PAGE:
However, McKeown et al. (2004) concluded, "Although porcine TTV is not known to be associated with any swine disease, co-infection of pigs with TTV and other known swine pathogens may result in enhanced disease." This now appears to have been a most prophetic statement.

A possible link between TTV and other diseases was reported two years later by the group from Barcelona. Kekarainen et al. (2006) observed a higher prevalence of TTV in the serum of sows from herds affected by Post-Weaning Multisystemic Wasting Syndrome (PMWS) than non-PMWS animals (97% versus 78%). They only found this link with the TTV genotype 2, not genotype 1. The work also confirmed the high prevalence of TTV in Spanish pig herds.

The link between TTV and other diseases was confirmed in a paper by Gagnon et al. (2007) from Quebec, Canada. Their research focussed on the emergence of PCV-2b in pigs in Canada, which had caused a significant increase in the mortality rate from PMWS over the previous 2 to 3 years. They examined samples from 13 cases of PMWS that had been submitted to the provincial diagnostic lab to determine whether the rise in mortality was caused by a second pathogen exacerbating the PCV-2 infection or a new and more virulent strain of PCV2.

They found PCV-2b in all of the samples - the first time that this type had been found in North America - and swine TTV in 69% of them, leading to the possibility that both of their hypotheses were correct.

Two papers presented at the International Pig Veterinary Society (IPVS) just four months ago shed more light on TTV infection and its potential connection to PCV2 and its related diseases.

Krakowka et al. (2008) reported on disease models where sterile pigs were infected with PCV2 or TTV or both. They found that TTV could modify PCV2 and PRRSV infections in pigs.

In another IPVS report, Martin-Valls et al. reached a similar conclusion. His team found DNA from TTV extensively in the tissues of animals suffering from PMWS but not in tissues from healthy animals. This led them to suggest that a concurrent infection of TTV and PCV2 may result in PMWS.

These latest reports raise the possibility of a role of TTV in the presentation of PMWS. Although a clear link between TTV, PCV2 and PCVAD has yet to be defined, it is clear that this merits further research.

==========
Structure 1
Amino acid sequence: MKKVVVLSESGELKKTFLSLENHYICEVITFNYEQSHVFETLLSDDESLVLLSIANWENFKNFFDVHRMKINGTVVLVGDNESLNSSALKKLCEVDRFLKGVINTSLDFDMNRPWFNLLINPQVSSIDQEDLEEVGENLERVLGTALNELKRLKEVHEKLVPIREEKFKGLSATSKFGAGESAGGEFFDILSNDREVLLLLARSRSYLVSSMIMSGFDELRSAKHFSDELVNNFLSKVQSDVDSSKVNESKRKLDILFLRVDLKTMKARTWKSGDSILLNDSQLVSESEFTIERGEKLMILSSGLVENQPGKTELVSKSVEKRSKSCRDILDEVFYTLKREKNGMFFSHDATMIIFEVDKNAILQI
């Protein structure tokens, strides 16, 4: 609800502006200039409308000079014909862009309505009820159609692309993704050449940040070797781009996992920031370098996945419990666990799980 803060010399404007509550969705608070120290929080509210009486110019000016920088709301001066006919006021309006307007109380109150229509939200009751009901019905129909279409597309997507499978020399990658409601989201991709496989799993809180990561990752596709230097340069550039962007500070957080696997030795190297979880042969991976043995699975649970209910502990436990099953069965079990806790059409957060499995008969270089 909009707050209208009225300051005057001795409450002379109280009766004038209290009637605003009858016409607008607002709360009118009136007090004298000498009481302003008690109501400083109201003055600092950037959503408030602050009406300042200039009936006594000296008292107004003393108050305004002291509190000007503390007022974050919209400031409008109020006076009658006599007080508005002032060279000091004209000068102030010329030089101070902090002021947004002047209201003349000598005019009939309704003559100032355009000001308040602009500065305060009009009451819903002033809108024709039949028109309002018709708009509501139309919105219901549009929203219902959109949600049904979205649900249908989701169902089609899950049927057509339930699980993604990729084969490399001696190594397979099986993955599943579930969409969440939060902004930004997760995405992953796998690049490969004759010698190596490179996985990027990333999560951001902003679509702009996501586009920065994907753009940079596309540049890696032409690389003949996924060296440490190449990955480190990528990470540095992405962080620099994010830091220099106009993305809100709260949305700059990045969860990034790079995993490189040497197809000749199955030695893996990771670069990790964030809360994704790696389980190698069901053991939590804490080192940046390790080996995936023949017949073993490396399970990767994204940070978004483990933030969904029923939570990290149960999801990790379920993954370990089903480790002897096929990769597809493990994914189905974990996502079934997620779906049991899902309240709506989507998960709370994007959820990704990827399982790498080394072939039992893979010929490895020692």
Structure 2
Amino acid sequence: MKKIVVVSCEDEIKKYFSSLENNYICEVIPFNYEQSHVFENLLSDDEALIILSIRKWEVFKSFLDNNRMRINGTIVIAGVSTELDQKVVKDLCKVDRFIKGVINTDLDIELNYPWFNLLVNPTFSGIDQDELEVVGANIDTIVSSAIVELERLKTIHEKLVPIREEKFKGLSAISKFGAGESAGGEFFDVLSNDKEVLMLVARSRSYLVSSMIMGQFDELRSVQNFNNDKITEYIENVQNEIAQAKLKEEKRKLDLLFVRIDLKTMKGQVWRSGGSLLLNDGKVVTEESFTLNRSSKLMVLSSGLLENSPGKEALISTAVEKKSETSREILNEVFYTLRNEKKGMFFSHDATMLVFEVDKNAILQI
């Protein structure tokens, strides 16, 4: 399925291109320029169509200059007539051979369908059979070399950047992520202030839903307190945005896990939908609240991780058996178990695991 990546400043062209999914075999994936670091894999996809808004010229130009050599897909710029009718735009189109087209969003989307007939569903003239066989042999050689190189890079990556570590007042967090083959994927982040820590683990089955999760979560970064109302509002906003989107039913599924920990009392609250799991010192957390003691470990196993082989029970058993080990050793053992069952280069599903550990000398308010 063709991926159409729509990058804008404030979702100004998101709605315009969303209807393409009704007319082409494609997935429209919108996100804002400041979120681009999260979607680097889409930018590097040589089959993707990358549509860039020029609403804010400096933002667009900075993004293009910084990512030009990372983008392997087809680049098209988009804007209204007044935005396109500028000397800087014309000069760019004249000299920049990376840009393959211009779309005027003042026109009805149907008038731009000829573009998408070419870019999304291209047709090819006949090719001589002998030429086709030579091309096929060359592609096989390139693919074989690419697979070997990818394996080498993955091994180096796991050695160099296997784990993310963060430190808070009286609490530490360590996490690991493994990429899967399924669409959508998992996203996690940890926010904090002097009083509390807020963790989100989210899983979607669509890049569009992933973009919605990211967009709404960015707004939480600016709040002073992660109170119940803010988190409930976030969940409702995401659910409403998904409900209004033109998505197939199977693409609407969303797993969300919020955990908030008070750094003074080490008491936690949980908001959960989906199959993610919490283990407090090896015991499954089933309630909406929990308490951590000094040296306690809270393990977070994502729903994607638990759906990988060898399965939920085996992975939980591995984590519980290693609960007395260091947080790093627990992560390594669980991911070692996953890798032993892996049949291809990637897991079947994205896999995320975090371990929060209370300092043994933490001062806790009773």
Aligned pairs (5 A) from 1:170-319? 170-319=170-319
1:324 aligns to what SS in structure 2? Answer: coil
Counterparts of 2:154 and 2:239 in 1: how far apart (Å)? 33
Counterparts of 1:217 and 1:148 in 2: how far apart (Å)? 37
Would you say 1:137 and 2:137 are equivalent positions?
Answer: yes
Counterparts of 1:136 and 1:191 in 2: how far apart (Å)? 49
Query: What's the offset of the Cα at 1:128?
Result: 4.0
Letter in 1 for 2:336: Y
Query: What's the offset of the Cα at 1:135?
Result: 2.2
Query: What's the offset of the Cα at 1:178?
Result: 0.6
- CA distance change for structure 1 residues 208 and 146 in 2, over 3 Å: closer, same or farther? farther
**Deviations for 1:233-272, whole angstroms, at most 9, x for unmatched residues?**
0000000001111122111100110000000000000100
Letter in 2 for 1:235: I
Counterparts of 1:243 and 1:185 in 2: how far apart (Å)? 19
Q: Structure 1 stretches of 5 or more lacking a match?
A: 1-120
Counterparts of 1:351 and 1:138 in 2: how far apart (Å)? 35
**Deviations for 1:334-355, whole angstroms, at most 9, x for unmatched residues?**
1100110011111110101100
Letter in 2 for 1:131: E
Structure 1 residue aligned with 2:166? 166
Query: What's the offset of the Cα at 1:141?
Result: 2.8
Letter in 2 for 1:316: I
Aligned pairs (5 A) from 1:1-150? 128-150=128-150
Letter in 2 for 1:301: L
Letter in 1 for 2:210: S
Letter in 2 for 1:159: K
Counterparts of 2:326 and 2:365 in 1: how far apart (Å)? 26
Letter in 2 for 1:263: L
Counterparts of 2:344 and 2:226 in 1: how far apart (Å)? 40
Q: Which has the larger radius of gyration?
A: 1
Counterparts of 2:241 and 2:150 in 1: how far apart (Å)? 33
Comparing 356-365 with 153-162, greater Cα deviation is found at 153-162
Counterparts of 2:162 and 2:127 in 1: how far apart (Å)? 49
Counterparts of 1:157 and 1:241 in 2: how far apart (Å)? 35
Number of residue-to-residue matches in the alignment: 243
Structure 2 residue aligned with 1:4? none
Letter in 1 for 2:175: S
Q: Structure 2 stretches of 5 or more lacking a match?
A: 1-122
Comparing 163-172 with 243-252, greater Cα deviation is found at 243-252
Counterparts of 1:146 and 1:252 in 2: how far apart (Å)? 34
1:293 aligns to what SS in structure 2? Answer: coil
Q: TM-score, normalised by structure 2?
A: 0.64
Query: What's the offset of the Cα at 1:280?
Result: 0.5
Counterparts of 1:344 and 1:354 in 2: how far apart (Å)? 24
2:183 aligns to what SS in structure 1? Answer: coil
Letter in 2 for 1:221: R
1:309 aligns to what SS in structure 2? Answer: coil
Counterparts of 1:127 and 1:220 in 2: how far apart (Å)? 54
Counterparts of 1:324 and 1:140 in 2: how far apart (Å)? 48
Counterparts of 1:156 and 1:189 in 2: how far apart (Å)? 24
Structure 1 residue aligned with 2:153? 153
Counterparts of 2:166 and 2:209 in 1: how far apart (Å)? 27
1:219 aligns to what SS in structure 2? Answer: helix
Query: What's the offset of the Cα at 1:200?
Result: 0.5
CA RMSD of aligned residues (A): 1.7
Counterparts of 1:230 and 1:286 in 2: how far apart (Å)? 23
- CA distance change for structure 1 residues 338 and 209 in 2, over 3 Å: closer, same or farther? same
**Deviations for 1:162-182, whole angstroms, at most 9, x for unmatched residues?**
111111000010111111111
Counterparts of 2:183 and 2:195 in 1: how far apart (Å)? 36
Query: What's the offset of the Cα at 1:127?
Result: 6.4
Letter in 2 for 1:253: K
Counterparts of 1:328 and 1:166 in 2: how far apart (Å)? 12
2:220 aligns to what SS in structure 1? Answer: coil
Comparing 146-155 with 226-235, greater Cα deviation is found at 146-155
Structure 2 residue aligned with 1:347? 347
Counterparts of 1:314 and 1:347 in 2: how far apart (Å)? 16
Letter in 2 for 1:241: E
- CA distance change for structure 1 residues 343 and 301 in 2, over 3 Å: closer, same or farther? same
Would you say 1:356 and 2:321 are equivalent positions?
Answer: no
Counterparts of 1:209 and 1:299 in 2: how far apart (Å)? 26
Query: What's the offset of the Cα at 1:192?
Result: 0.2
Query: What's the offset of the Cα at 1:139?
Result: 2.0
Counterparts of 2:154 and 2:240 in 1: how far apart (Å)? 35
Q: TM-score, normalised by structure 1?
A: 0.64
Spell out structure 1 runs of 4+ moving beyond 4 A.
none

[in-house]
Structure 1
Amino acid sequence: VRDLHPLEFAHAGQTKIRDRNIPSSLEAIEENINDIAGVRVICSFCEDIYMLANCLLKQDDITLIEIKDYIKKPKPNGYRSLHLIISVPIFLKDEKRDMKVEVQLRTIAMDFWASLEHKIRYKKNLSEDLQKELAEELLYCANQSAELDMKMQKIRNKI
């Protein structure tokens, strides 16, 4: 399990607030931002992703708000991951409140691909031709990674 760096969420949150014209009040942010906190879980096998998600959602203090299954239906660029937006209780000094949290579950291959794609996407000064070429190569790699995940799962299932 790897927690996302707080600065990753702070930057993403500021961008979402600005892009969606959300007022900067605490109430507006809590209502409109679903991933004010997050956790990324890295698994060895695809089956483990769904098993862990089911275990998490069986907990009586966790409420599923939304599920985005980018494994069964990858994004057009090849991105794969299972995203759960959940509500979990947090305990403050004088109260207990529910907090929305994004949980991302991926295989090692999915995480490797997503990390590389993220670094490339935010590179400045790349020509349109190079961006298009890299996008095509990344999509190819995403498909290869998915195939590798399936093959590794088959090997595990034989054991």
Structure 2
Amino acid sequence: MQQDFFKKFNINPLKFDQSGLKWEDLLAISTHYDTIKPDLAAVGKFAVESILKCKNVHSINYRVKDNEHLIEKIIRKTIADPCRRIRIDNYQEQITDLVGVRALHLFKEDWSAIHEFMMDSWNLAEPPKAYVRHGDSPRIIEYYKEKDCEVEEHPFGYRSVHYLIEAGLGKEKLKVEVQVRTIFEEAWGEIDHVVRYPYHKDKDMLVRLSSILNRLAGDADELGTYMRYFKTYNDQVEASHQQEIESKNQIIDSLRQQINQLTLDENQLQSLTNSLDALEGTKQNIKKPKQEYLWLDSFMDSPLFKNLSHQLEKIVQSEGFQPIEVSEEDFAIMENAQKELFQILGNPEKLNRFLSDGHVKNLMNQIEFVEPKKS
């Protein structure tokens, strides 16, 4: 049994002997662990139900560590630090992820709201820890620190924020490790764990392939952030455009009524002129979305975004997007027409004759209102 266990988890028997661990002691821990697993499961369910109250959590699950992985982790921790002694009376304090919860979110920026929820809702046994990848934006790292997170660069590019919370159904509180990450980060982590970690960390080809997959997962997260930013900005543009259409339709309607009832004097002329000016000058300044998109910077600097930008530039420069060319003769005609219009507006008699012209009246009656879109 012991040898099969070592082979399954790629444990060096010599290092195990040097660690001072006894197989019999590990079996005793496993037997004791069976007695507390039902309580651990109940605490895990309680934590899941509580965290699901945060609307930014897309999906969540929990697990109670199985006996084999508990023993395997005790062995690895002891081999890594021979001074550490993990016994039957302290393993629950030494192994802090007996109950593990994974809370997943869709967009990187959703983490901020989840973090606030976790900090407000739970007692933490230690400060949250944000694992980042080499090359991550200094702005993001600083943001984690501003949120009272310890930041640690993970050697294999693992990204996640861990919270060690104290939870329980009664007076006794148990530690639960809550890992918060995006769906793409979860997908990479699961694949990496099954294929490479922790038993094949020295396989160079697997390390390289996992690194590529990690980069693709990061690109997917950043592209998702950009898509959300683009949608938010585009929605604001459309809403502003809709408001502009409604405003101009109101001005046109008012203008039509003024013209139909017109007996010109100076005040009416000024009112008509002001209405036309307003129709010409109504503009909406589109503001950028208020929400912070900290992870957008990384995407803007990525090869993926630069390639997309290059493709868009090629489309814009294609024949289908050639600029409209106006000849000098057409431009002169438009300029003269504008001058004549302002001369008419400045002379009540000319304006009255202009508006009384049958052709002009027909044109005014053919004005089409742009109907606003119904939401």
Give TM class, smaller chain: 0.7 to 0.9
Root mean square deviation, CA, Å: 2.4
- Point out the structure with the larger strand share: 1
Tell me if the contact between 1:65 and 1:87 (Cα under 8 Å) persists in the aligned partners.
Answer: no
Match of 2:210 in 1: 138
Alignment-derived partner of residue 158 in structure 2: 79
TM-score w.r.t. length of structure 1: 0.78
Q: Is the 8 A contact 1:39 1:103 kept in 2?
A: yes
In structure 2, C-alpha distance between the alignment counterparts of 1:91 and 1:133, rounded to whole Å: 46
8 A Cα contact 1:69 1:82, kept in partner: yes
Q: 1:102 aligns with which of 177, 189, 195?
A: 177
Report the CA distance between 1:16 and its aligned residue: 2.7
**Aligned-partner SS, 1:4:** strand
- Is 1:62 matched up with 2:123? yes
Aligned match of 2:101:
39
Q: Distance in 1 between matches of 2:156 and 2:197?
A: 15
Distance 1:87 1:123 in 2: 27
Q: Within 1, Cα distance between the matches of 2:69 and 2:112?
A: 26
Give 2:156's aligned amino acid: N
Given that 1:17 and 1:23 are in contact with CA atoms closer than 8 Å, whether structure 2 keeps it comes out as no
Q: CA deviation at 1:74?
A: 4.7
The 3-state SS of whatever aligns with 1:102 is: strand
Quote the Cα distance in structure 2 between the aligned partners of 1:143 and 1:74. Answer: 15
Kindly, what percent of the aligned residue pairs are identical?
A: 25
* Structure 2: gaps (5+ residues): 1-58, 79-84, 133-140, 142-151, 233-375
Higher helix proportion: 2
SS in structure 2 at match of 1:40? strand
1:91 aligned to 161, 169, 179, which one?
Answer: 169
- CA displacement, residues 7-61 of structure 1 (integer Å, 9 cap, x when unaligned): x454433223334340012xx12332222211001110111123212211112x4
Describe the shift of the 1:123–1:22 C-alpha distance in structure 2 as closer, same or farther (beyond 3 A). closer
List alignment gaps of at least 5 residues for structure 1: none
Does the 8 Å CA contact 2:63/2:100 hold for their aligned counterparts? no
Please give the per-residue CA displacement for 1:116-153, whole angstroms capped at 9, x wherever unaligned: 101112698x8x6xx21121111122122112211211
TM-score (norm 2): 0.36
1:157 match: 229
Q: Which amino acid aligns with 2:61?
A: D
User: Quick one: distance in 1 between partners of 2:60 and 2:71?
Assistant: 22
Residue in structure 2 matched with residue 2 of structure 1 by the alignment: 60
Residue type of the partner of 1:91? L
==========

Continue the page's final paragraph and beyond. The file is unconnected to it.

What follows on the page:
Is it possible that TTV is the missing piece of the jigsaw, and that it might hold the key to the control over one of the the most devastating diseases in the pig industry today?

References

Brassard J. et al., 2008. Molecular detection of bovine and porcine Torque teno virus in plasma and faeces. Veterinary Microbiology, 126: 271-276
Gagnon C.A. et al., 2007. The emergence of porcine circovirus 2b genotype (PCV-2b) in swine in Canada. Canadian Veterinary Journal, 48: 811-819
Kekarainen T. and J. Segalés, 2008. Torque teno virus infection in the pig and its potential role as a model if human infection. Vet. J. [in press]
Kekarainen T. et al., 2006. Prevalence of swine torque teno virus in post-weaning multisystemic wasting syndrome (PMWS)-affected and non-PMWS-affected pigs in Spain. J. Gen. Virol., 87: 833-837
Kekarainen T. et al., 2007. Detection of swine torque teno virus genogroups 1 and 2 in boar sera and semen. Theriogenology, 68: 966-971
Krakowka S. et al., 2008. Porcine genogroup 1 torque teno virus (G1-TTV) potentiates both PCV2 and PRRSV infections in gnotobiotic swine. Proceedings of the 20th IPVS Congress 2008, 99.
Liwén I. et al., 2002. (TT virus - characteristics, occurrence and routes of transmission.) Przegl Epidemiol. 56:91-99
Martelli F. et al., 2006. Detection if swine torque teno virus in Italian pig hers. J. Vet. Med. B Infect. Dis. Vet. Public Health, 53: 234-238
Martin-Valls G. et al., 2008. Torque teno virus tissue distribution in healthy, postweaning multisystemic wasting syndrome and porcine dermatitis and nephropathy syndrome affected pigs by is situ hybridization. Proceedings of the 20th IPVS Congress 2008, 96
Martínez L. et al., 2006. Torque teno virus (TTV) is a highly prevalent in the European wild boar (Sus scrofa). Veterinary Microbiology, 118: 223-229
McKeown N.E. et al., 2004. Molecular characterisation of porcine TT virus, an orphan virus, in pigs form six different countries. Vet. Microbiol., 104: 113-117
Niel C. et al., 2005. Rolling-circle amplification of torque teno virus (TTV) complete genomes from human and swine sera and identification of a novel swine TTV genotype. J. Gen. Virol., 86: 1343-1347
Okamoto H. et al., 2002. Genomic characterization of TT viruses (TTVs) in pigs, cats, dogs and their relatedness with species-specific TTVs in primates and tupaias. J. Gen. Virol., 83: 1291-1297
Segalés, J. et al., 2008. Retrospective study on swine torque teno virus genogroups 1 and 2 infection from 1985 to 2005 in Spain. Vet. Microbiol., [in press]



Further Reading

- Go to a more detailed report on the IPVS 2008 papers on TTV by clicking here.
- Find out more information on PMWS by clicking here.


October 2008